Report: Federal Regulations Cost The Economy Over $2 Trillion A Year

Michael Bastasch | Energy Editor

Federal government regulations cost the economy more than $2 trillion in lost growth every year, according to a new study.

A report commissioned by the National Association of Manufacturers (NAM) found that regulations not only cost roughly 12 percent of the entire economy, but they fall hardest on manufacturers, who now face $19,564 per employee in regulatory costs every year. This is compared to $9,991 per employee per year cost of federal regulations paid by U.S. companies on average.

Over the past 10 years the federal government has finalized 37,022 regulations which have disproportionately hit manufacturers, according to economists Nicole Crain and Mark Crain, who crunched the numbers for NAM.

Small manufacturers are some of the hardest hit firms, according to the Crains. Small manufacturers with 50 employees or less face regulatory costs that are more than triple what the average U.S. company faces — $34,671 per employee per year.

“Some people will say that regulation creates jobs — to some extent that’s true,” Nicole Crain told The Daily Caller News Foundation. “But what are you giving up for this? I would be cautious to say that people are fired, it just distorts the market.”

“We repeatedly heard from manufacturers they would be investing and they would be hiring,” Mark Cain told TheDCNF.

Some of the costliest regulations U.S. firms face are environmental regulations. These alone cost manufacturers $10,497 per employee per year, according to NAM’s study. Some of the most onerous rules come from the Environmental Protection Agency, which imposes rules ranging from water discharges to refinery emissions.

“The incidence of environmental regulations have hit the manufacturers particularly hard,” Mark Cain told TheDCNF. “It’s not only just that the costs are high, it’s also that the incidence falls heavily on the manufacturing sector.”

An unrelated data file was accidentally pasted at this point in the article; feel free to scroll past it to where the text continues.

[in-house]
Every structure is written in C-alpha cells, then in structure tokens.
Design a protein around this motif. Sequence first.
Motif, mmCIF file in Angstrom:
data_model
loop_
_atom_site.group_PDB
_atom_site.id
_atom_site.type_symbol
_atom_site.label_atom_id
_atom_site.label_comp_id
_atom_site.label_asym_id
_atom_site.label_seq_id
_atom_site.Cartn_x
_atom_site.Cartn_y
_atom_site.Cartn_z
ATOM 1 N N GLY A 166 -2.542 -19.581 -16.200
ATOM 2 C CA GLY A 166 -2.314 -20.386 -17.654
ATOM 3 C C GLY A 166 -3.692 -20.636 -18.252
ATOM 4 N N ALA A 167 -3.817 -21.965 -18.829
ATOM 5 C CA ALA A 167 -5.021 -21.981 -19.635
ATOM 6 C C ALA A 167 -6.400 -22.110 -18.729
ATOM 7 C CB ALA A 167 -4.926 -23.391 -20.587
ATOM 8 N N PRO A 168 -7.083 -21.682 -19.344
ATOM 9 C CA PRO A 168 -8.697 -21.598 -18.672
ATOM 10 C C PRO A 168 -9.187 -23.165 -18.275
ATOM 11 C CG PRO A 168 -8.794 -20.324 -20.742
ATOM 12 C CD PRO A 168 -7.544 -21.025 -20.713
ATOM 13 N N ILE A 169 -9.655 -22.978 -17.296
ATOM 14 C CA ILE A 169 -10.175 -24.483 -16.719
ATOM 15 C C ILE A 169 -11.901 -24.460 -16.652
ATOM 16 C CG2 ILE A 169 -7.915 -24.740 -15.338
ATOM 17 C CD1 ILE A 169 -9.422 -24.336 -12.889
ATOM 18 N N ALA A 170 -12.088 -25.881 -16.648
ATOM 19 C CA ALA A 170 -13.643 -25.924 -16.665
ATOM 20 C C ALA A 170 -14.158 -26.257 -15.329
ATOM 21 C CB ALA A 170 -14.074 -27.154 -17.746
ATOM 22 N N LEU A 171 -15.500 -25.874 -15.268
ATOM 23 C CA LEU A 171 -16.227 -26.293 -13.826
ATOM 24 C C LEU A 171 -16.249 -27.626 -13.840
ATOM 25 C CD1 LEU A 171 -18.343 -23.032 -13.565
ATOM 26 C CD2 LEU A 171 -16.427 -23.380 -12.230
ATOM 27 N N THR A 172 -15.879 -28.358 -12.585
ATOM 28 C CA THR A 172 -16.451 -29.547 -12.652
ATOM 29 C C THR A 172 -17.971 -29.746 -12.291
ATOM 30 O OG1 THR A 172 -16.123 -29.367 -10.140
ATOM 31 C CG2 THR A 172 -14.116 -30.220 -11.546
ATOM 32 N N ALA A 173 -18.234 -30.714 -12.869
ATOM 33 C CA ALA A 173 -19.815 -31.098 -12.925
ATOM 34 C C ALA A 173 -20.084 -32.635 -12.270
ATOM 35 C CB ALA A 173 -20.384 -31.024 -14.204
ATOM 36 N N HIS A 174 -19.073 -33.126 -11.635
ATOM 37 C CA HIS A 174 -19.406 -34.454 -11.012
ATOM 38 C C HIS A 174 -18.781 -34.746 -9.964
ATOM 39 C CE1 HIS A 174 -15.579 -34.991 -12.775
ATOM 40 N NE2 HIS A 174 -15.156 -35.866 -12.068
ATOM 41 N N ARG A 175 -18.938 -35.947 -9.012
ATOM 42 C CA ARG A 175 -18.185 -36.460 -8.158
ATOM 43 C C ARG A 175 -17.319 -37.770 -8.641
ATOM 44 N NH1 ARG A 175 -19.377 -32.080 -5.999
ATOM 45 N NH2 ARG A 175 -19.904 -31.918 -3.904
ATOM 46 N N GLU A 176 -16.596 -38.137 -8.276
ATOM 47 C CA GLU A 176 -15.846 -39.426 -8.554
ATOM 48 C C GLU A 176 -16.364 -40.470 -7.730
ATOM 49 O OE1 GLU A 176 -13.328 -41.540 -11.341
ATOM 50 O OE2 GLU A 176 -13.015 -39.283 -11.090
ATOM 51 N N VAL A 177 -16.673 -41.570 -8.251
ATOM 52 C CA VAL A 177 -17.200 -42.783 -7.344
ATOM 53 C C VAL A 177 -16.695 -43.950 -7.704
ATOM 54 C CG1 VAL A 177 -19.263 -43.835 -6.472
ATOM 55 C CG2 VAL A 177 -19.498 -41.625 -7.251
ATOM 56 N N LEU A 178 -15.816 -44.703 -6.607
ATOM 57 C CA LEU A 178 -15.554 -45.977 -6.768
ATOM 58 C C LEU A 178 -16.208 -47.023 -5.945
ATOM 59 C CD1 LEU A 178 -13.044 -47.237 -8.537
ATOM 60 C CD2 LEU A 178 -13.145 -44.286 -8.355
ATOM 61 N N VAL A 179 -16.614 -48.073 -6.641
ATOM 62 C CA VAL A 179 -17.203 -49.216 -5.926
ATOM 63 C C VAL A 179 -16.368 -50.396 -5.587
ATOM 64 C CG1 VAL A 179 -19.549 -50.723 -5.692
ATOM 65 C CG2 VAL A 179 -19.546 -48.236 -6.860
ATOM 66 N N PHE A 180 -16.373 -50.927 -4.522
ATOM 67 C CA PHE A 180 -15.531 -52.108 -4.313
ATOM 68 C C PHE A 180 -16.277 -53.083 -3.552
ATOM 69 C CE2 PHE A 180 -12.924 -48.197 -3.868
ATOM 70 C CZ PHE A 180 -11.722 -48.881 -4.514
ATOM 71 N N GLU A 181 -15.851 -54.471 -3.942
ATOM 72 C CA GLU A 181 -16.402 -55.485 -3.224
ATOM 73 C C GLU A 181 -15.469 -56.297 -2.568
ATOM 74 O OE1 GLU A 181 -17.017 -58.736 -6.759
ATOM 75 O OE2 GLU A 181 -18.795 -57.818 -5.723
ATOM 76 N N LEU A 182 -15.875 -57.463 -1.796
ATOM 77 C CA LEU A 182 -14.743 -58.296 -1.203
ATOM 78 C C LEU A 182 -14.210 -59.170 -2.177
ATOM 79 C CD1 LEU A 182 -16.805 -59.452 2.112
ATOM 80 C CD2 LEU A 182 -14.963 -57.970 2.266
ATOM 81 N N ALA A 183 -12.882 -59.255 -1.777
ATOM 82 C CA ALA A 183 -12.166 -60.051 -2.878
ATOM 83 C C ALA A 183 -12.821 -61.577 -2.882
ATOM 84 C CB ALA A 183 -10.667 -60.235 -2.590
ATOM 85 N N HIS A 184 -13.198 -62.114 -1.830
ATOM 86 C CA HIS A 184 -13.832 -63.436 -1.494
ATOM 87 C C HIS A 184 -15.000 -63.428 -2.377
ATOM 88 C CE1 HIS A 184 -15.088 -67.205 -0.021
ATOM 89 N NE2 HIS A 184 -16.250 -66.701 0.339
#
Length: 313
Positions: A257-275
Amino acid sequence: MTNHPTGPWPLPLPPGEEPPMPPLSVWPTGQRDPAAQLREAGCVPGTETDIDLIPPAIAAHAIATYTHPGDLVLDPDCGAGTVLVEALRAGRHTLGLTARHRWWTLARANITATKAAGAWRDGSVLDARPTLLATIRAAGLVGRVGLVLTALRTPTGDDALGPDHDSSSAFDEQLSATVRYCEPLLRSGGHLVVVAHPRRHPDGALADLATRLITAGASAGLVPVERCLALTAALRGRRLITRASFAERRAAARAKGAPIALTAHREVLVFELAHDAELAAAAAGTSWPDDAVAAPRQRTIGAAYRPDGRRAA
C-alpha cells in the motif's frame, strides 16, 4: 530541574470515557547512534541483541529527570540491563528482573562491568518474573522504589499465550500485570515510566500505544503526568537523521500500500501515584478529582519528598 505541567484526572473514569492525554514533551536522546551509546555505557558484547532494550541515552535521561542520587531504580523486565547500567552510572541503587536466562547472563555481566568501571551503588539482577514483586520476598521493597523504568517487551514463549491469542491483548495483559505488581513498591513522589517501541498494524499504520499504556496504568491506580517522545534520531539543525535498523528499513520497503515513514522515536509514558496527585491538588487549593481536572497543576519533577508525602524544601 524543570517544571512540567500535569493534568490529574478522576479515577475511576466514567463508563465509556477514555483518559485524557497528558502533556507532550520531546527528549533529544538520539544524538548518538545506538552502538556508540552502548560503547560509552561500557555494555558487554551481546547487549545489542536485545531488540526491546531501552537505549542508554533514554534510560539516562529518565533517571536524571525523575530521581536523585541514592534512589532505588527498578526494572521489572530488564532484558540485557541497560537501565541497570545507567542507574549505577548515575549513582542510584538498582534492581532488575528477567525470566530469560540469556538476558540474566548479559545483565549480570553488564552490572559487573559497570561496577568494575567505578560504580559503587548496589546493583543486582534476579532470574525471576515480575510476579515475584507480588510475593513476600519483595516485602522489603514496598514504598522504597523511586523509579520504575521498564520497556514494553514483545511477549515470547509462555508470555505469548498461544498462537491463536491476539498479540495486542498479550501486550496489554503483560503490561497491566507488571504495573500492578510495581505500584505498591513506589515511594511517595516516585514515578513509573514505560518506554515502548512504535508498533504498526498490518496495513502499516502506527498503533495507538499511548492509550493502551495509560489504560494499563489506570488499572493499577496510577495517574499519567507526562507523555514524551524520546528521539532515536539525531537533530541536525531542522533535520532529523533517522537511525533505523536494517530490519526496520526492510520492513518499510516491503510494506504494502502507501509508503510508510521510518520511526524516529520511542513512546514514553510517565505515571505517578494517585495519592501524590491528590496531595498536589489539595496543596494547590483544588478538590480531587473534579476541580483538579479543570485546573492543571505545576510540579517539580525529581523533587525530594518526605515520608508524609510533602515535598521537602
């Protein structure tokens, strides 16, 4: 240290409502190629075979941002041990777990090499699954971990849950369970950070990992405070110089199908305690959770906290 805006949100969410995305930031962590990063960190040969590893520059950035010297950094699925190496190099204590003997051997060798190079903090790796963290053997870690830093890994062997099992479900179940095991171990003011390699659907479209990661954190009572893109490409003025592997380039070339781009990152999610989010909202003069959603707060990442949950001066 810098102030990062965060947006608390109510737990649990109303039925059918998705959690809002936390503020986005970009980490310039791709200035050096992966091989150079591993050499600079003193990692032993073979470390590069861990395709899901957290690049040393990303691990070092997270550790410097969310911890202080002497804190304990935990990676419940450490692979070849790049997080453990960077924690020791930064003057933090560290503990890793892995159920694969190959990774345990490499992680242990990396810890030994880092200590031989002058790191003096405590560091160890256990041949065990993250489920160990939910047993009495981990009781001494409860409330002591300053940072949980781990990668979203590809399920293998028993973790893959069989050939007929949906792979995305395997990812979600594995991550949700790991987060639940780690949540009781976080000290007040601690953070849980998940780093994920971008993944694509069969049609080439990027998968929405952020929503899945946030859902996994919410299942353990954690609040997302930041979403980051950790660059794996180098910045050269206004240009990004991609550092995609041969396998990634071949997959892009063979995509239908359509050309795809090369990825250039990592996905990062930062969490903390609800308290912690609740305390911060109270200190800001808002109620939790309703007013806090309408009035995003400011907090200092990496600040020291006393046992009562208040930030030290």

Cain also noted that the study only looked at figures through 2012, which means that major EPA rules that have been proposed since 2012 will likely add more costs to manufacturers and U.S. businesses.

“Manufacturers are not anti-regulation,” Chad Moutray, NAM’s chief economist, told TheDCNF. “All we’re asking for are smarter regulations.”

Since 2012, the EPA has crafted several major regulations that would likely raise compliance and energy costs for manufacturers. These rules include, mercury and air pollutant limits for power plants, carbon dioxide emissions rules for new and existing power plants, water rules and upcoming ozone standards for the whole country.

Lawmakers have recently passed laws looking to stop EPA regulatory overreach. On Tuesday, the House passed the “Waters of the United States Regulatory Overreach Protection Act,” which prohibits the EPA and the Army Corps of Engineers from expanding their reach under the Clean Water Act.

“They think they know best how people should be using their property,” said Louisiana Republican Rep. Bill Cassidy in a statement after the bill’s passage.

“Expanding the Obama administration’s authority over our waters and wetlands means property owners and local governments could have less say in decisions affecting them,” the Louisiana Republican added. “It could also increase energy costs and threaten jobs. Preserving Americans’ decision-making power is a priority.”

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